“When I was growing up, my father used to tell us ‘Never Eliminate Youself’”, says Anne Doyle (@annedoyleldr), author of POWERING UP! How America’s Women Achievers Become Leaders, a global speaker, media strategist, elected government official and a @forbeswoman columnist.
Anne is an extraordinary woman and human being who paved the way for women of our and future generations. We have a lot to thank her and her sisters for who ventured into territories in the 60’s and 70’s no women had gone before.
She was one of the very first female TV sports broadcasters in the US, hired in 1978 by CBS TV in Detroit, and played a leadership role in opening sports locker rooms to credentialed women reporters. She later served as an executive in the auto industry, was elected to serve on her local City Council and has been asked by the U.S. State Department to speak on leadership in Saudi Arabia, Bahrain, Trinidad and Tobago, and Spain.
I read her book from cover to cover and I’m thrilled that she shared her journey into leadership with me. POWERING UP! is full of touching stories and words for any aspiring leader and I couldn’t do justice to capture them all in a blog. But what I aim to share with you here is some lessons Anne and her high-powered leader friends learned along the way, and lessons we, current and future female achievers ought to embrace if we want to become leaders.
1. Awaken your inner fire
A personal tragedy lit Anne’s fire when she was 25. At the young age of 22, her sister, Mary took her own life before she discovered her unique gift. “I always knew that Mary was the fire in my belly. Any time I felt alone or discouraged, she was with me to get me through. Any time somebody said no, I said yes. That was my way of giving back and doing what I could to help other girls and women see their value, power and potential.” Then she added, “You don’t need to experience a personal tragedy to awaken that fire. It can come from passion or joy.”
2. Find a purpose bigger than yourself
Anne and other women fighting for their rights in the 60’s and 70’s were very clear on one thing: they had a higher purpose, something much bigger than them. They had the drive, desire and hunger to snowball and see through large-scale changes in society. They stood together and found strength and comfort in each other.Find a purpose bigger than yourself. Click To Tweet
3. Grow our collective power
“Every woman for herself is a losing strategy.” These words will always stay with me. “We need to change our focus from “me” to “we”. With 51%* of the US population as women, females are now the majority. We are yet to realize our collective power, and to do so, we need to support and help each other“, says Anne.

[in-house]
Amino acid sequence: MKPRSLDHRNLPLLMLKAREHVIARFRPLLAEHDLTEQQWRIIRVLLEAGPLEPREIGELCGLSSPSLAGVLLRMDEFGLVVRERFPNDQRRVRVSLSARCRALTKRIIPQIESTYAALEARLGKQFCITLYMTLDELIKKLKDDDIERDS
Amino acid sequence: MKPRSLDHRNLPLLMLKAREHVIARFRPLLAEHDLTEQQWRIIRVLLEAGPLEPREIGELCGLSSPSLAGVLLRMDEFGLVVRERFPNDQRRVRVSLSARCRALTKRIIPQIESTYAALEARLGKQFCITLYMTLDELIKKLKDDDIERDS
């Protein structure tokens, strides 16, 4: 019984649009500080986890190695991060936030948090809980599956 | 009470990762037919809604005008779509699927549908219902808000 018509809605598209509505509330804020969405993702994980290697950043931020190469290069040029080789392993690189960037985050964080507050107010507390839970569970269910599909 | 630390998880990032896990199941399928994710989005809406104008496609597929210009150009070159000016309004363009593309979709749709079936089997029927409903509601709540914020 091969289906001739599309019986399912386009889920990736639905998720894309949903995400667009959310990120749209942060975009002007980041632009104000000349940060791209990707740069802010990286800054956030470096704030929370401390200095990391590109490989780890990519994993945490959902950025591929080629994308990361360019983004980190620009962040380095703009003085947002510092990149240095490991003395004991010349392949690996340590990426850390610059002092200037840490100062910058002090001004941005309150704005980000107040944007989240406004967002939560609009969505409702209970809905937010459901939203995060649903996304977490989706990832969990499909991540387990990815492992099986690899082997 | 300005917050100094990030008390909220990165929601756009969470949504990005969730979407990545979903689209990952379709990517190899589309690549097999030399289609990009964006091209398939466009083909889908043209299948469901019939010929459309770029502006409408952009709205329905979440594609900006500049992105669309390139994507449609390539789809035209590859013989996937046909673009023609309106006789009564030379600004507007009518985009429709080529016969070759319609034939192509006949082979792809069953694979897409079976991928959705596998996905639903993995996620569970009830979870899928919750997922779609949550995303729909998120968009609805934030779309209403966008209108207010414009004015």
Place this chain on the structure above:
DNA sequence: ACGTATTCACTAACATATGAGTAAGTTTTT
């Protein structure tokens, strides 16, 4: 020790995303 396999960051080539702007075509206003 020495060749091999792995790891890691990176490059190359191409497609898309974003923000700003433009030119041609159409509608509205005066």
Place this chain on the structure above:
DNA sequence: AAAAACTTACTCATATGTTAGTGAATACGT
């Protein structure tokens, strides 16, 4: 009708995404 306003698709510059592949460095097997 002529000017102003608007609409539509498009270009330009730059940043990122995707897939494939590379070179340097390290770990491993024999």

4. Believe you can do it
Supporting one another starts with believing that we can be leaders. “I spoke with many women of different generations when I was writing my book. And what I learned stopped me in my tracks. The biggest obstacles for women are still courage and confidence. Most women don’t believe in themselves and they don’t believe in other women.” My heart sank as Anne uttered these words. We need to believe in ourselves and in other women. Until that happens, we can only scratch the surface of our collective power.
5. Invite yourself to the Leadership Dance
“My generation came of age with the hope and possibility that our mothers and grandmothers were legally stopped from doing. It was one thing to change the laws, but just because now we had the right, we still had to fight for the opportunity. It was as if someone had opened the door and now we had to run through it.”
And we continue to have to run through that door. If you really want something, you’ll have to put yourself on the map, you’ll have to make yourself noticed and take risks. Don’t wait for someone to invite you to the leadership dance.
6. Build a network
The number of women leaders has come a long way but there’s still a long road ahead of us. It is evident that it takes both men and women for progress to happen. Form strong bonds with your sisters and connect with men to be your allies and mentors.
Today, fathers are raising daughters to be whatever they dream to be and supporting them as they join the workforce. Danica Patrick, racecar driver, says it brilliantly: “I wasn’t raised to be the fastest girl. I was raised to be the fastest driver.”
Thank you, Anne and your fellow pioneers for paving the way for us and giving us the tools to carry on with this journey. As you pointed out, each of us has a part to play. Whether it’s supporting other women, becoming our strongest and fullest self, or influencing the thinking of our children and that of the men in our lives, we have the power to affect change.
*Source: The World Bank
Image by lilieks, freeimages.com